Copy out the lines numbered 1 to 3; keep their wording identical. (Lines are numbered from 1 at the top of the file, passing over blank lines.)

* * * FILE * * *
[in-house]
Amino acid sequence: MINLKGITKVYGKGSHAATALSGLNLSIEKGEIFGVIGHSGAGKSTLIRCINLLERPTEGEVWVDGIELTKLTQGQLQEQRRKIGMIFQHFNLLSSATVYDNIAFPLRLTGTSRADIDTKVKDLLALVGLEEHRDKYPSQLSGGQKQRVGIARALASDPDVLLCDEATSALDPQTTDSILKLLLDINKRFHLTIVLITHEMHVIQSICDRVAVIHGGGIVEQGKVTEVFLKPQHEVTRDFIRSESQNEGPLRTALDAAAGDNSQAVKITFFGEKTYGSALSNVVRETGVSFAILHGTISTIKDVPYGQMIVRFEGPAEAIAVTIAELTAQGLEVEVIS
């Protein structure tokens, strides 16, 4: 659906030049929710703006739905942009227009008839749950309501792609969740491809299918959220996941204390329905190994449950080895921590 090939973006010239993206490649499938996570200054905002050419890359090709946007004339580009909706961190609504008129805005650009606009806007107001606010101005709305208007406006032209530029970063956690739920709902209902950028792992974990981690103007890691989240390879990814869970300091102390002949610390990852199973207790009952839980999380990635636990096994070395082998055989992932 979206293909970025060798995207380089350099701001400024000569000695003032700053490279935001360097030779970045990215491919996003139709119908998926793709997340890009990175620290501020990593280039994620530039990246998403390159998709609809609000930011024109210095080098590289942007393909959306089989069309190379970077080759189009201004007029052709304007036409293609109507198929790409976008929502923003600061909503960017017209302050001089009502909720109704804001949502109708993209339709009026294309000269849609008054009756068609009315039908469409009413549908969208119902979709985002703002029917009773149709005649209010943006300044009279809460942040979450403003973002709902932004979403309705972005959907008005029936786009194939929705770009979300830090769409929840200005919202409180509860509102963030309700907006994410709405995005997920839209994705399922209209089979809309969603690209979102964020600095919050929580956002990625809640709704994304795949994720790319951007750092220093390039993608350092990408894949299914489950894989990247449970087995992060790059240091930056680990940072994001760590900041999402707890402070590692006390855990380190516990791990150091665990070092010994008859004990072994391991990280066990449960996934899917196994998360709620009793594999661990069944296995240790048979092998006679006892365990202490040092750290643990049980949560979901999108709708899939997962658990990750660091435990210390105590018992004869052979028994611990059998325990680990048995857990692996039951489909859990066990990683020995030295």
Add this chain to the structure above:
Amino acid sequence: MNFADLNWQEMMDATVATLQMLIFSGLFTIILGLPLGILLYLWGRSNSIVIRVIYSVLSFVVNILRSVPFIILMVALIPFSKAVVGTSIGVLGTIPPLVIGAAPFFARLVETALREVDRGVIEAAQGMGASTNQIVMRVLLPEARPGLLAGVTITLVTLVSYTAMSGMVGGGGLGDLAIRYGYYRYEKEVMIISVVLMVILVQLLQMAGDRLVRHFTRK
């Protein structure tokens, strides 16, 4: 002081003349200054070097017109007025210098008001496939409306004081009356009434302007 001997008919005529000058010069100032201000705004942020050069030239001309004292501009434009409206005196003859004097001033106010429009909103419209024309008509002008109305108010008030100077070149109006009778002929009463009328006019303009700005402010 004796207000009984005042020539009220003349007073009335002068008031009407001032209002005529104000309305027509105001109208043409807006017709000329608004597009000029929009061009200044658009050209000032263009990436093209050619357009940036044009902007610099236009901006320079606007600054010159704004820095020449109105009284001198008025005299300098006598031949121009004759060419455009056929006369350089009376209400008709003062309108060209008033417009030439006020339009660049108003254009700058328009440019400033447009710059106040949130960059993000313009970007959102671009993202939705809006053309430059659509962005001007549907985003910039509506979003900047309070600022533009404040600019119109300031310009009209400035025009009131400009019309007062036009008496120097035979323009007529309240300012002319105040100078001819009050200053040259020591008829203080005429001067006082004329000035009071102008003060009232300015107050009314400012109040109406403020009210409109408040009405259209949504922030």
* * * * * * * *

[in-house]
Amino acid sequence: MINLKGITKVYGKGSHAATALSGLNLSIEKGEIFGVIGHSGAGKSTLIRCINLLERPTEGEVWVDGIELTKLTQGQLQEQRRKIGMIFQHFNLLSSATVYDNIAFPLRLTGTSRADIDTKVKDLLALVGLEEHRDKYPSQLSGGQKQRVGIARALASDPDVLLCDEATSALDPQTTDSILKLLLDINKRFHLTIVLITHEMHVIQSICDRVAVIHGGGIVEQGKVTEVFLKPQHEVTRDFIRSESQNEGPLRTALDAAAGDNSQAVKITFFGEKTYGSALSNVVRETGVSFAILHGTISTIKDVPYGQMIVRFEGPAEAIAVTIAELTAQGLEVEVIS
């Protein structure tokens, strides 16, 4: 659906030049929710703006739905942009227009008839749950309501792609969740491809299918959220996941204390329905190994449950080895921590 090939973006010239993206490649499938996570200054905002050419890359090709946007004339580009909706961190609504008129805005650009606009806007107001606010101005709305208007406006032209530029970063956690739920709902209902950028792992974990981690103007890691989240390879990814869970300091102390002949610390990852199973207790009952839980999380990635636990096994070395082998055989992932 979206293909970025060798995207380089350099701001400024000569000695003032700053490279935001360097030779970045990215491919996003139709119908998926793709997340890009990175620290501020990593280039994620530039990246998403390159998709609809609000930011024109210095080098590289942007393909959306089989069309190379970077080759189009201004007029052709304007036409293609109507198929790409976008929502923003600061909503960017017209302050001089009502909720109704804001949502109708993209339709009026294309000269849609008054009756068609009315039908469409009413549908969208119902979709985002703002029917009773149709005649209010943006300044009279809460942040979450403003973002709902932004979403309705972005959907008005029936786009194939929705770009979300830090769409929840200005919202409180509860509102963030309700907006994410709405995005997920839209994705399922209209089979809309969603690209979102964020600095919050929580956002990625809640709704994304795949994720790319951007750092220093390039993608350092990408894949299914489950894989990247449970087995992060790059240091930056680990940072994001760590900041999402707890402070590692006390855990380190516990791990150091665990070092010994008859004990072994391991990280066990449960996934899917196994998360709620009793594999661990069944296995240790048979092998006679006892365990202490040092750290643990049980949560979901999108709708899939997962658990990750660091435990210390105590018992004869052979028994611990059998325990680990048995857990692996039951489909859990066990990683020995030295």